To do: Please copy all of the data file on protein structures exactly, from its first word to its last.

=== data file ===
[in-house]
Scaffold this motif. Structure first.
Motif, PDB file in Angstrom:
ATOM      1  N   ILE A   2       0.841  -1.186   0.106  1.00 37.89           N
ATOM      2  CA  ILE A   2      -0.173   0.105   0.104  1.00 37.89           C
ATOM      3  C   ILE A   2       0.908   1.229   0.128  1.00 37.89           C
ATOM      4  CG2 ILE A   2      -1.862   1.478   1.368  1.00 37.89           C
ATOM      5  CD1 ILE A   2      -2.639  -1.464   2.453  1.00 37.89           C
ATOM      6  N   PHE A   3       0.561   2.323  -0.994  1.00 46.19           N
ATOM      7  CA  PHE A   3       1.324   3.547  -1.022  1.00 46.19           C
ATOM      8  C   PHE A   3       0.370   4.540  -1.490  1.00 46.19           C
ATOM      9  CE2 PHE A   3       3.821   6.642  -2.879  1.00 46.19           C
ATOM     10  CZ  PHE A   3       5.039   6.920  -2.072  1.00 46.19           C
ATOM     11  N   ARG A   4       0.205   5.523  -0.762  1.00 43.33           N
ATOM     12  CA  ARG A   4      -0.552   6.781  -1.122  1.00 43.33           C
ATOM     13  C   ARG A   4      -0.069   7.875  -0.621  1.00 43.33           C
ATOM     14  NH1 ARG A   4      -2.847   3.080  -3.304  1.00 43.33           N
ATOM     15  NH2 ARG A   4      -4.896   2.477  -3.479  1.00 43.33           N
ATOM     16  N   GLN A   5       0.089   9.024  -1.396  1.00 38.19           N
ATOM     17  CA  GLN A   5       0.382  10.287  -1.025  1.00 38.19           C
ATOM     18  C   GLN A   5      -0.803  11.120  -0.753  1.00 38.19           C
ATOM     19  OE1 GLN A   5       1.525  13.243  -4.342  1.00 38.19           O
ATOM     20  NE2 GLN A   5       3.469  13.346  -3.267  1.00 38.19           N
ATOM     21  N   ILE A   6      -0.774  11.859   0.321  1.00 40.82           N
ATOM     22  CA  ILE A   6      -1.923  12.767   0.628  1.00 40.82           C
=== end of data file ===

[in-house]
Scaffold this motif. Structure first.
Motif, PDB file in Angstrom:
ATOM      1  N   ILE A   2       0.841  -1.186   0.106  1.00 37.89           N
ATOM      2  CA  ILE A   2      -0.173   0.105   0.104  1.00 37.89           C
ATOM      3  C   ILE A   2       0.908   1.229   0.128  1.00 37.89           C
ATOM      4  CG2 ILE A   2      -1.862   1.478   1.368  1.00 37.89           C
ATOM      5  CD1 ILE A   2      -2.639  -1.464   2.453  1.00 37.89           C
ATOM      6  N   PHE A   3       0.561   2.323  -0.994  1.00 46.19           N
ATOM      7  CA  PHE A   3       1.324   3.547  -1.022  1.00 46.19           C
ATOM      8  C   PHE A   3       0.370   4.540  -1.490  1.00 46.19           C
ATOM      9  CE2 PHE A   3       3.821   6.642  -2.879  1.00 46.19           C
ATOM     10  CZ  PHE A   3       5.039   6.920  -2.072  1.00 46.19           C
ATOM     11  N   ARG A   4       0.205   5.523  -0.762  1.00 43.33           N
ATOM     12  CA  ARG A   4      -0.552   6.781  -1.122  1.00 43.33           C
ATOM     13  C   ARG A   4      -0.069   7.875  -0.621  1.00 43.33           C
ATOM     14  NH1 ARG A   4      -2.847   3.080  -3.304  1.00 43.33           N
ATOM     15  NH2 ARG A   4      -4.896   2.477  -3.479  1.00 43.33           N
ATOM     16  N   GLN A   5       0.089   9.024  -1.396  1.00 38.19           N
ATOM     17  CA  GLN A   5       0.382  10.287  -1.025  1.00 38.19           C
ATOM     18  C   GLN A   5      -0.803  11.120  -0.753  1.00 38.19           C
ATOM     19  OE1 GLN A   5       1.525  13.243  -4.342  1.00 38.19           O
ATOM     20  NE2 GLN A   5       3.469  13.346  -3.267  1.00 38.19           N
ATOM     21  N   ILE A   6      -0.774  11.859   0.321  1.00 40.82           N
ATOM     22  CA  ILE A   6      -1.923  12.767   0.628  1.00 40.82           C